By Marios Flourentzou, Creative Director, Yellowwood Future Architects
Not all conventions need to be overturned for brand growth. Some conventions are helpful in guiding consumer navigation and priming their expectations.
Differentiation is hugely important for brands, and a lot of marketing money is spent on ensuring brands have differentiated value propositions, positioning territories, experiences and designs. It’s obvious that this is necessary. Consumers need to be able to recognise a brand in a sea of its competitors if there is any hope of building meaning or influencing their purchase decisions in favour of that brand.
The visual imperative to stand out from the clutter is equally important for catching and holding the attention of new consumers in this distracted and overwhelmed era.
For both of these reasons, breaking conventions has become the golden rule for marketers and designers.
There is huge value in breaking conventions, but the full story is more complex and nuanced than that. From a neural point of view, we do notice novelty. The unexpected and unusual catches our attention because it triggers the part of our brain linked to danger. But that which catches our attention does not automatically earn our trust. In fact, the opposite is true: familiarity is more likely to engender trust. The brain conserves energy by relying on memory whenever it can – rather than stopping to consciously think about every possible decision – and so familiarity is a crucial component influencing consumer behaviour.
Familiarity and novelty are both critical in design. Overturning conventions is important for differentiation and for attracting new customers, but it is also necessary to understand which conventions to retain in order not to confuse the customers you are trying to reach. If people don’t even know what your product is, there’s a degree of intrigue and mystery to it, but it could also fail to get a look-in.
In the dairy category, for example, designers need to understand the conventions that make it easy for consumers to find their way to the right product. The colour convention of blue for full-cream, red for low-fat and green for fat-free is useful, and overturning this convention would probably just irritate the consumer by making navigation more difficult. Form is also mostly standardised, with certain tub shapes indicating cottage cheese, cream cheese and crème fraîche – but it is possible to innovate with form without sacrificing consumer experience. Clover fresh milk stands out in this way. Their packs are more like tubes than the standard milk bottle shapes. And Fairview differentiates its packaging while retaining the form conventions of the category – through their use of quirky and often humorous iconography. Their reduced fat camembert cheese box, for example, features a startled-looking cow being tightly squeezed by measuring tape.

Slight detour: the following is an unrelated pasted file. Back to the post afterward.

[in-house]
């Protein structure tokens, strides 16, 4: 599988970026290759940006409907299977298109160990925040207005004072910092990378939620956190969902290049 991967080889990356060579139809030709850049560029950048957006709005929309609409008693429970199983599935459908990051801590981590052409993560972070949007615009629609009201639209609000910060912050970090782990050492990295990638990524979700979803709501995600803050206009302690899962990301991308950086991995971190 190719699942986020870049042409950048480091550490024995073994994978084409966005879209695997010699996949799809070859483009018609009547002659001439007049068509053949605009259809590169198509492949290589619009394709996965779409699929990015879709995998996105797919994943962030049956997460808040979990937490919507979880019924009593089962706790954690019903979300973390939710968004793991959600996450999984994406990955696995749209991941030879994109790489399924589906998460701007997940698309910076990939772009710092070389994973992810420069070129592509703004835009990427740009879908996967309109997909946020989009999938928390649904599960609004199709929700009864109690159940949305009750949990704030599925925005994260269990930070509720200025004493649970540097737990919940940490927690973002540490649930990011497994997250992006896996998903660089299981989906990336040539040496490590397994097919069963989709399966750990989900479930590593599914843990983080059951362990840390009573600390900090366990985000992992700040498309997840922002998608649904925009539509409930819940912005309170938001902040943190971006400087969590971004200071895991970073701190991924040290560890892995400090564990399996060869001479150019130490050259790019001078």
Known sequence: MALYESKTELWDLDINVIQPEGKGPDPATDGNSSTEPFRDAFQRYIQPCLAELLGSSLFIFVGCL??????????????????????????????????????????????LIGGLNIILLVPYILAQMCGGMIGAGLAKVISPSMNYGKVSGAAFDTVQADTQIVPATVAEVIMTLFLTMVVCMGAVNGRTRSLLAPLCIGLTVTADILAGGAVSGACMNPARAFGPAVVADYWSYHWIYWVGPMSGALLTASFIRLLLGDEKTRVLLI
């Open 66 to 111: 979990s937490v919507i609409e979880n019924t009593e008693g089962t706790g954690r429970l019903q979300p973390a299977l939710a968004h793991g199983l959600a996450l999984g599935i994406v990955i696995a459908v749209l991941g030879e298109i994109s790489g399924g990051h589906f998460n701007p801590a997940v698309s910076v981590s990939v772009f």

BOS disrupted the iced tea category and attracted scores of new consumers by disrupting the packaging conventions of the category. But their bold, bright, graphic aesthetic actually borrows heavily from other iconic South African brands in other categories – such as Lion matches – and their colour scheme is traditionally “African”, being the most common colour combination in African flags. They attained an almost nostalgic sense of familiarity for a brand new product by understanding which conventions to play with and which to throw out.
In our work we always map the colours used in a certain category in order to identify opportunities for differentiation. If a client is launching a bank, or a telecoms operator, for example, it’s useful to know how to stand out from the competition. But knowing where the uncluttered areas are is only half of the analysis. It’s equally important to understand the perceived appropriateness of the colours and colour-combinations that are available. Would consumers trust a pink bank? Could they love a brown mobile operator?
Smart, strategic design can influence consumer perceptions and behaviour to the benefit of the brand. But to do so, designers must have deep insight into the conventions that influence perception and attention. These conventions may be within the category being tackled or just conventional associations that consumers have with certain design elements. Effective design is insightful, and it uses this insight to create the perfect mix of familiarity and novelty for the consumer.
Source: For more on behaviour-influencing design, download Yellowwood’s latest white paper: Changing behaviour, by design.